There is a way to expand a SWM setup, but it isn't free or provided by DirecTV. DirecTV makes an external SWM multiswitch called the SWM-8. It is intended for use for commercial or MDU installs, and DirecTV doesn't provide or support them in residential installs, but you can buy one yourself and install it. It needs a non-SWM LNB to feed it, and requires all 4 lines from the LNB to the 4 inputs on the SWM switch. This can be expanded by purchasing multiple SWM-8 units and splitting the 4 lines from the dish to feed them. Each SWM can then feed up to 8 tuners. The outputs of each SWM device must remain separated from each other, so only 8 tuners per "chain".

Last, your instinct to buy a large structured wiring panel is good; sat switches take up lots of room, and these days folks often have more than one as the number of active tuners per household continues to increase. Bigger is better.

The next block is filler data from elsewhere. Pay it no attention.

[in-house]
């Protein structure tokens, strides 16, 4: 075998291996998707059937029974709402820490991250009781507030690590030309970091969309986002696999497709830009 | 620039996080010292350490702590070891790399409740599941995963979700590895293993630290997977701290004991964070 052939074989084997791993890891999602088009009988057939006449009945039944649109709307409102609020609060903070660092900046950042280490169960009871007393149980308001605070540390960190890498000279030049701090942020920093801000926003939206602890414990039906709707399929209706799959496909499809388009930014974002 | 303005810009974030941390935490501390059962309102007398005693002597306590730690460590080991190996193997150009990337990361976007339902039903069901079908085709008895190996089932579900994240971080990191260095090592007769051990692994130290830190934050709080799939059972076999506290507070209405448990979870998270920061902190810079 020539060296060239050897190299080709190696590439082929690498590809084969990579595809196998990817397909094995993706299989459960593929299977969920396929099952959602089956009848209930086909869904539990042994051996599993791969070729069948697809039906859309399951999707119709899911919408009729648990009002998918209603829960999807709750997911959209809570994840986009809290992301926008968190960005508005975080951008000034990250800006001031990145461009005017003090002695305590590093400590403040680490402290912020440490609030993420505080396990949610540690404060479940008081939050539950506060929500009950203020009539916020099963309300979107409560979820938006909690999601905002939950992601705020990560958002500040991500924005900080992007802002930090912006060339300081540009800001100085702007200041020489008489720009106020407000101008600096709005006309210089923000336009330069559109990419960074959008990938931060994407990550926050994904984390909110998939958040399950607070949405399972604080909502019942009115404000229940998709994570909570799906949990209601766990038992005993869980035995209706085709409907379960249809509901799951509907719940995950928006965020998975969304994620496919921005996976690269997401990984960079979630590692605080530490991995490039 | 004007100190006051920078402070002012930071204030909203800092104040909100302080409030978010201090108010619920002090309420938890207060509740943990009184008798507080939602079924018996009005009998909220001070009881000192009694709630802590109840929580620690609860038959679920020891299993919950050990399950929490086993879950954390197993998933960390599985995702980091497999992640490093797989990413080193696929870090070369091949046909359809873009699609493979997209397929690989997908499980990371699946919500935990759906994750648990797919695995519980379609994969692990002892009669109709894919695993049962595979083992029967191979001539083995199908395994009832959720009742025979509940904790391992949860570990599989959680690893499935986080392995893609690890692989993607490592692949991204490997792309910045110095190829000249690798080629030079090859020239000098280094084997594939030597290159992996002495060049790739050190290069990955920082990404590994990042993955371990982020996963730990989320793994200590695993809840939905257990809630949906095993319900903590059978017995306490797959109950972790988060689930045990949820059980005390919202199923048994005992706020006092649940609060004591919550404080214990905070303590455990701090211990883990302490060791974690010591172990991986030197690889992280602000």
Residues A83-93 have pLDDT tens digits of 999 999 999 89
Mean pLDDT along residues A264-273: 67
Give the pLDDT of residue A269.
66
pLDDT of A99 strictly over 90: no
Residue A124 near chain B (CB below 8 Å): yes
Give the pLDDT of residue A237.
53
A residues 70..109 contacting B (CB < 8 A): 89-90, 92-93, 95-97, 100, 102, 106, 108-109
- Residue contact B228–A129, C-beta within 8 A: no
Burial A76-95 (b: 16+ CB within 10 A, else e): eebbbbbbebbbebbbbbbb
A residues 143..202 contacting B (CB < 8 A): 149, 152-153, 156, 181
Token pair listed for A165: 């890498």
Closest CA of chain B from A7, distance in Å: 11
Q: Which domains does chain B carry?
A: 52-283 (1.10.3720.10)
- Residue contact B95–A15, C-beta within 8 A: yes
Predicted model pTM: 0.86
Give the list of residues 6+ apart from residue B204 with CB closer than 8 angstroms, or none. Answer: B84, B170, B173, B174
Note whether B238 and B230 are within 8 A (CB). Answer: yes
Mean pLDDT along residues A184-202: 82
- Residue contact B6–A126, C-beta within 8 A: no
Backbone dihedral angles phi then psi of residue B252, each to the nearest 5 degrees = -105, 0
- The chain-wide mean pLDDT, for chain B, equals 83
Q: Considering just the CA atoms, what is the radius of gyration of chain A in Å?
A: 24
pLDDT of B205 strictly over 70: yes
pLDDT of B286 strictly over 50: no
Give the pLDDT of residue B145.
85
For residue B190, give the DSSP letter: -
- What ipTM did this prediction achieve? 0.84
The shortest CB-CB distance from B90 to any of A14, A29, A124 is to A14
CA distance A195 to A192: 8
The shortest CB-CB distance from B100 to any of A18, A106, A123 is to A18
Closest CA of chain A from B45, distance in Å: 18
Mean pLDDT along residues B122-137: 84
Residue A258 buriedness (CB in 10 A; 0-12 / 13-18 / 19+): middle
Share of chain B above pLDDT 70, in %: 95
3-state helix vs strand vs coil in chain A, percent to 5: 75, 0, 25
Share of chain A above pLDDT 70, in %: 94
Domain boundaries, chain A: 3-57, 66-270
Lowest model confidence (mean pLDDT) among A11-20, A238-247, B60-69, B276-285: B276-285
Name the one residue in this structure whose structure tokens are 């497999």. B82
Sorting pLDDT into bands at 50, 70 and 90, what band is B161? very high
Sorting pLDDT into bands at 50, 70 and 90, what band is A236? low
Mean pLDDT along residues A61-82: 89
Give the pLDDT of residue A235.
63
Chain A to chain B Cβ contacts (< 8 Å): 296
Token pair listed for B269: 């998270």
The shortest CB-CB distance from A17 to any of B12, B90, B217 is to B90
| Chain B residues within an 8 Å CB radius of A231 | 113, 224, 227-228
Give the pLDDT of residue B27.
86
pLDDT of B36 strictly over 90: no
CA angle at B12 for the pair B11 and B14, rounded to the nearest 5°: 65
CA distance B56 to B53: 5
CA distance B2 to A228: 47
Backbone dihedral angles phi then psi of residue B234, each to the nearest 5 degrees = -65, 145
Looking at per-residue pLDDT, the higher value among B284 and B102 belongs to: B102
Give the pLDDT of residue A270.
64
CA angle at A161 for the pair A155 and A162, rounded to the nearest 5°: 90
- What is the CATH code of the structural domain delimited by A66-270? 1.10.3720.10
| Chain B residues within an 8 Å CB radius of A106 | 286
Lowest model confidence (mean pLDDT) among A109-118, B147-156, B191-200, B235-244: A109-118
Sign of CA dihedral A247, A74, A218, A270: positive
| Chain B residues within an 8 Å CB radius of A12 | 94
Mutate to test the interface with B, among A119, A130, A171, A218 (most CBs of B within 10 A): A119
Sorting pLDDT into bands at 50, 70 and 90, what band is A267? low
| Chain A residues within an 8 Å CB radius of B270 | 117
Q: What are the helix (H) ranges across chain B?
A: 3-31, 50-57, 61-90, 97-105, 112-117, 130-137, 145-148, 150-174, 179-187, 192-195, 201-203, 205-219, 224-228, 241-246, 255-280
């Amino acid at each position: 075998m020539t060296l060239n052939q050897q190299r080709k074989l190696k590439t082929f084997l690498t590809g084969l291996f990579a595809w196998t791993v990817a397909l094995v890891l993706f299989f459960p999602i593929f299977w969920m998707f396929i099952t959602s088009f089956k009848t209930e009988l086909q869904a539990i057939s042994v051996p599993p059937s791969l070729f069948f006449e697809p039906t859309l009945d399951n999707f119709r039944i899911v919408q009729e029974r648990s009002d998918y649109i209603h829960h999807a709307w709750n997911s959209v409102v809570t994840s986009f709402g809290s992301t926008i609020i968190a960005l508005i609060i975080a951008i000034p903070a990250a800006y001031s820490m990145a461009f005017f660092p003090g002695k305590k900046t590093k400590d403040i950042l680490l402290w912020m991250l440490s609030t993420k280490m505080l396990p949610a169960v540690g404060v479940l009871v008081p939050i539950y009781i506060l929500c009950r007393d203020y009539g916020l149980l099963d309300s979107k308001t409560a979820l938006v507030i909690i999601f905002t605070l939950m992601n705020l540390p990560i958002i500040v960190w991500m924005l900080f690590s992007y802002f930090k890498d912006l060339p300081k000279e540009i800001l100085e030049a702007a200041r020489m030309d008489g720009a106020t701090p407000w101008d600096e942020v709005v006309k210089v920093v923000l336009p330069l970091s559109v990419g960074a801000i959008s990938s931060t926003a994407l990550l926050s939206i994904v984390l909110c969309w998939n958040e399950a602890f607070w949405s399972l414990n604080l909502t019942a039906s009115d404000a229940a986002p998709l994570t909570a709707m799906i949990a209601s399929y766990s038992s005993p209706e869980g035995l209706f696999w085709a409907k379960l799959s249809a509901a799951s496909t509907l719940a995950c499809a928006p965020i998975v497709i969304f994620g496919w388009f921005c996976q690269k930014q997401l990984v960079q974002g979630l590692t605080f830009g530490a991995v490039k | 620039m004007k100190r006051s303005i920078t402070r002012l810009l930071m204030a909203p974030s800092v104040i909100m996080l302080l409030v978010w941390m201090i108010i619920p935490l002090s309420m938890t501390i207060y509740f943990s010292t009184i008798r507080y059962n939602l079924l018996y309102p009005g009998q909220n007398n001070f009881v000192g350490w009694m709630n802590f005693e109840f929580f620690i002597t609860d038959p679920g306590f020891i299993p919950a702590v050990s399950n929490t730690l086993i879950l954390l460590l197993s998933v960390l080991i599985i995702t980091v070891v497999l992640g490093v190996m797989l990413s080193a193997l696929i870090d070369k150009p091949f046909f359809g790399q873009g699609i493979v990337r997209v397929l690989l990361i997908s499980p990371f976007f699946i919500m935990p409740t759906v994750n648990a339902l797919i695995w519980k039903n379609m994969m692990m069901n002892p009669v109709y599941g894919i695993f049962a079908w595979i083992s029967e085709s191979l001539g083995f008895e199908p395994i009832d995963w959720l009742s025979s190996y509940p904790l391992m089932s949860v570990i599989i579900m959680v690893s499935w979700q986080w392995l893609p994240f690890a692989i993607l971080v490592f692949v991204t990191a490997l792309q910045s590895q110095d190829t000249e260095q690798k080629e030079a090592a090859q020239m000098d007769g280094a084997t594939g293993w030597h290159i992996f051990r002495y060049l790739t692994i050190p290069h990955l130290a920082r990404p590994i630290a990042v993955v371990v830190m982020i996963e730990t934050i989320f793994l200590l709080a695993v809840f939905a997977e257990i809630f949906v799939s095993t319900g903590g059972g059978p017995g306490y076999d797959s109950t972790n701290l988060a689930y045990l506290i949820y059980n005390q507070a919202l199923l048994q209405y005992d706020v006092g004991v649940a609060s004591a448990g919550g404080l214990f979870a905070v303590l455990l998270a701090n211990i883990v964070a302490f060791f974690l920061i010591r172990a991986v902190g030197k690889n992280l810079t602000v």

#6 OFFLINE   todd1010

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Posted 28 December 2008 - 09:26 PM

Thanks for the very informative information. I called the DirectTV rep and asked them and they said I would be getting the:

HR-23
5 LNB Slimline Dish
SWM box (more than likely)

#7 OFFLINE   todd1010

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Posted 28 December 2008 - 09:46 PM

Here's a couple of pieces of info which hopefully clears things up for ya.


I *strongly* recommend that you run a *minimum* of 2 RG6 (and I recommend solid-copper center-conductor quad-shield for any permanent/in-wall install) to each outlet, along with 2 CAT6 cables for phone and network. More is better; cable is cheap, installation labor is expensive, and it isn't much more work to pull an extra cable to the same place vs. having to open the walls or re-do a wall fish later on.






Will they run the 2 RG6 coax cable to each tuner or is that considered extra labor?

If using the 2 RG6 coax cable to each HD-DVR box do a better job or is the SWM switch as good or worse?